A better understanding of the cause of tumors has drawn resources
into cancer research at the expense of antibiotics and
cardiovascular disease but over-concentration in certain fields
could cut commercial rewards, some analysts say.
Both Swiss firms are working on treatments for a specific genetic
mutation of metastatic non-small cell lung cancer (NSCLC) called
anaplastic lymphoma kinase positive (ALK+), which tends to afflict
younger patients and non-smokers.
They are behind the leader in the field, Pfizer, whose drug Xalkori
was launched in 2011 and is expected to have had sales of around
$280 million last year.
A further six drugs are in clinical testing for the same mutation,
according to analysts at Barclays, even though it affects only
around 5 percent of people with NSCLC.
Increased competition can improve the quality of drugs for patients,
but having so many companies chasing after the same relatively small
pool of people could pile pressure on the returns firms earn on
"Whilst biopharma has enjoyed significant commercial success in
areas such as oncology over the past decade, pipelines are now
increasingly over-concentrated against many targets diminishing
future returns for the industry overall," Barclays analysts said.
Other crowded development areas include treatments for melanoma,
rheumatoid arthritis and immunotherapies such as compounds designed
to block the activity of a receptor on immune cells called
programmed death 1, or PD-1.
It has been harder for companies to make money from new products in
recent years. Around half of all new products that come to market
fall short of revenue expectations because those paying for drugs,
including insurance companies or healthcare authorities, are
demanding greater innovation and efficiency before they foot the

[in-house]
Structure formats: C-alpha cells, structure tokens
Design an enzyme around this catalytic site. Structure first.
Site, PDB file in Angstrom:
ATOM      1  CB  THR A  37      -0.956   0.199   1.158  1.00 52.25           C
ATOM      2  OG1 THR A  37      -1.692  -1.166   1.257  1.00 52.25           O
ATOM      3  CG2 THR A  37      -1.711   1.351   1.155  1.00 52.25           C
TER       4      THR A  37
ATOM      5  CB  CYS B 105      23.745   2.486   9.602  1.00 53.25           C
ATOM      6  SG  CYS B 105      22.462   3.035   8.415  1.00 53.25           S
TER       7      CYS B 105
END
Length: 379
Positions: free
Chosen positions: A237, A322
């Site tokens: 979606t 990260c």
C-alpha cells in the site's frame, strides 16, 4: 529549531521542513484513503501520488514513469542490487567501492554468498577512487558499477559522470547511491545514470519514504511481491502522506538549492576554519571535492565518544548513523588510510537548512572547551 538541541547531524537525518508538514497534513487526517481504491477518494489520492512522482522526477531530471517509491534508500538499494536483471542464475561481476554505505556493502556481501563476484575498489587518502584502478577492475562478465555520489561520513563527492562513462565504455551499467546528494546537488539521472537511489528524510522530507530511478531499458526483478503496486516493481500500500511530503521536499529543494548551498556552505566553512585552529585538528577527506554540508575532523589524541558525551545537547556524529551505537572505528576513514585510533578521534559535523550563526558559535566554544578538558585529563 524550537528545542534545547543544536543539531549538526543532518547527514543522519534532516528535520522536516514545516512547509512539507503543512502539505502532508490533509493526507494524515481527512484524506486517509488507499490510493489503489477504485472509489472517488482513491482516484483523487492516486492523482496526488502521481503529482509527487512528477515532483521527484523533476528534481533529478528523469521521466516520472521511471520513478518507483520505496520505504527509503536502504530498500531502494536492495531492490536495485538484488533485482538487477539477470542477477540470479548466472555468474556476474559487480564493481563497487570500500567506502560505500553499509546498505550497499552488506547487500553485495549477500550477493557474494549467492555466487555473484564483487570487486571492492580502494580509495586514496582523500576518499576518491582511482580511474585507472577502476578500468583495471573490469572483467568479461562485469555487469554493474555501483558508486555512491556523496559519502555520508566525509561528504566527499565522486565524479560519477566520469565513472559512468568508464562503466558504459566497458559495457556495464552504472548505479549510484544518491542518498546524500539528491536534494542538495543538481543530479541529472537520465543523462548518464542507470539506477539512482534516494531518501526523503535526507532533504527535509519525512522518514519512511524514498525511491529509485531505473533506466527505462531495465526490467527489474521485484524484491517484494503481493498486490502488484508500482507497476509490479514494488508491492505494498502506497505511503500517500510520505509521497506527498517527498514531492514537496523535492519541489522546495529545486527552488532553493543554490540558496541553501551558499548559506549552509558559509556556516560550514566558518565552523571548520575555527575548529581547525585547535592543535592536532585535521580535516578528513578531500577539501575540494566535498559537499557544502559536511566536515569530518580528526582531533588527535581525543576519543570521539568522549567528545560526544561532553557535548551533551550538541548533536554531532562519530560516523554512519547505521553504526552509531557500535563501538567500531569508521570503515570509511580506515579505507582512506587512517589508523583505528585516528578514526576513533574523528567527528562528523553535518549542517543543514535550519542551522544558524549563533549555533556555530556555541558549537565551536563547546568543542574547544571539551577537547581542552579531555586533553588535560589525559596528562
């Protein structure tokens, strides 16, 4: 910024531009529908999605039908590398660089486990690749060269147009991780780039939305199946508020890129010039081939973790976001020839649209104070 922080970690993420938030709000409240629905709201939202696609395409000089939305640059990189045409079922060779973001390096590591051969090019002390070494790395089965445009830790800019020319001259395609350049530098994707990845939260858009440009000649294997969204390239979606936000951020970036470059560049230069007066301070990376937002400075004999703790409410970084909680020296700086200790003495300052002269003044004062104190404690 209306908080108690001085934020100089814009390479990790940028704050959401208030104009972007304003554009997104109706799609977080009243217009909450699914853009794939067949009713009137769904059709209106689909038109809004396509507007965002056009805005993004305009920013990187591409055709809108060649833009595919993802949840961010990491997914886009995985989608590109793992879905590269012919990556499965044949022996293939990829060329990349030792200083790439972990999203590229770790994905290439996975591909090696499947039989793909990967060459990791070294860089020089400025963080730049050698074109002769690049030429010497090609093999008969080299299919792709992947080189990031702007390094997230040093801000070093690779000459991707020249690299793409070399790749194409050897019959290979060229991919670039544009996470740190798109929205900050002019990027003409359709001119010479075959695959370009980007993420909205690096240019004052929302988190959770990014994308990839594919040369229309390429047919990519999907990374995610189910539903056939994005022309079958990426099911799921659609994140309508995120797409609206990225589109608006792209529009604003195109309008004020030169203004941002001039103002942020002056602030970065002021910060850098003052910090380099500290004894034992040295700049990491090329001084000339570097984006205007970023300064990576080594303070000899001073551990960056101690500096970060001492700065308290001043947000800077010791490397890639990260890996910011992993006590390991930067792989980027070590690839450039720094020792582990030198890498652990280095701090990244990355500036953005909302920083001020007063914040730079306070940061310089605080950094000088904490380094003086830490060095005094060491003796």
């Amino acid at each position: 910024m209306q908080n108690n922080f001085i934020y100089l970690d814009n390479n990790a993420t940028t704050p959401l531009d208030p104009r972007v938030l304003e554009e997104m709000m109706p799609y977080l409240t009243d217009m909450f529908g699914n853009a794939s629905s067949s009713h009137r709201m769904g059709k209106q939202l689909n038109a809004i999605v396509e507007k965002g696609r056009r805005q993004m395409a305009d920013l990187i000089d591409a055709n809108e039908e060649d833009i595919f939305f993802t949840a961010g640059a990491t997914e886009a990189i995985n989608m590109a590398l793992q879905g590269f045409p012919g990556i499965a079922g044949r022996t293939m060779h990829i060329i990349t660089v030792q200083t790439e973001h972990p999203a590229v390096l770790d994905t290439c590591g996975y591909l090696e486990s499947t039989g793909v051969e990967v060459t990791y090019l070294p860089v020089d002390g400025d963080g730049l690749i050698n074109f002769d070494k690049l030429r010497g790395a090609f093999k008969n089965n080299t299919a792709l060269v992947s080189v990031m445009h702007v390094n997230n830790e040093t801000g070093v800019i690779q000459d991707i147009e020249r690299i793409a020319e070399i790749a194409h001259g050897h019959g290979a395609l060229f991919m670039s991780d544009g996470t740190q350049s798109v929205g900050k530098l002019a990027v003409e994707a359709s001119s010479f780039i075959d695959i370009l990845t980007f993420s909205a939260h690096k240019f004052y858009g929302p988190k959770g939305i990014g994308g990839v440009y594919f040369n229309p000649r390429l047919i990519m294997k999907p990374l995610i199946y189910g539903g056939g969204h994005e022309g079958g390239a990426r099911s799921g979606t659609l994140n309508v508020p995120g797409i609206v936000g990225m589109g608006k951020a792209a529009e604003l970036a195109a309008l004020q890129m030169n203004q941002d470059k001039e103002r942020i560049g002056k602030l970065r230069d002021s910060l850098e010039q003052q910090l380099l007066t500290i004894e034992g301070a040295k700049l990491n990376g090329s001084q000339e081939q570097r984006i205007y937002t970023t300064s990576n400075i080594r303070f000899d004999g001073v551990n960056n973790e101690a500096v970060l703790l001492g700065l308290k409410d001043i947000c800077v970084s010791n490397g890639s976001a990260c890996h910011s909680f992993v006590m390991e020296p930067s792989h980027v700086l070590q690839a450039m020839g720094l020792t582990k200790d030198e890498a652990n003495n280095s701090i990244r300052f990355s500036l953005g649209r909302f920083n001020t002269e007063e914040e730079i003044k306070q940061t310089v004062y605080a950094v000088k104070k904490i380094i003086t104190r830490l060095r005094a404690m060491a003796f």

Indeed, the fruits of research have become less bountiful, according
to a study by Deloitte and Thomson Reuters.
The average internal rate of return from pharmaceutical research and
development fell to around 4.8 percent in 2013 from 7.2 percent in
2012 and 10.5 percent in 2010.
Over the same four-year period, the average forecast peak sales of
each new drug have dropped by 43 percent to $466 million in 2013,
reflecting the impact of austerity measures on health spending, plus
a shift to more niche drugs.
In effect, those lower forecast sales for new drugs have cancelled
out the benefit of an increase in new drug approvals, which remained
at a healthy level in 2013, despite falling short of the bumper
tally in 2012.
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The focus on areas such as cancer and inflammation comes as research
into cardiovascular disease, dementia and antibiotics loses steam.
The lack of research into antibiotics threatens to create a crisis
of drug-resistant "superbugs", while there hasn't been a new drug
approved to treat Alzheimer's in a decade.
Novartis and Roche have 59 and 68 projects respectively in
development for cancer compared to a handful for heart disease.
Both Novartis' LDK378 and Roche's RG7853 have won "breakthrough
therapy", a designation created by the U.S. Food and Drug
Administration in 2012 to help speed drugs to market that treat
serious or life-threatening conditions and which are deemed likely
to work better than existing treatments.
The status should help shave years off the approval process and get
the drugs to patients faster.
Novartis aims to file for approval of LDK378 by healthcare
regulators in early 2014 even though it is still conducting Phase
Analysts are dubious about whether Novartis will manage to win
market share from Pfizer. Forecasts compiled by Thomson Reuters
Pharma predict LDK378 will have annual sales of $329 million by 2018
lagging the $830 million expected for Xalkori.
Still, coming second to market can sometimes actually be a help in
the short term when it comes to price, says Brian Godman, a
researcher at Sweden's Karolinska Institute.
"If you've already got a benchmark at a price and there's not
biosimilar competition around at the time you launch, then that
helps to set the price for your new drug," he said.
But Godman who works with various health authorities across Europe
researching drug pricing and reimbursement options, sees increasing
competition eventually playing into the hands of those paying the
"If we tie up more of these niche areas and we start to see more
competition, if anything prices will start to decrease."
(Additional reporting by Ben Hirschler;
editing by Anna Willard)
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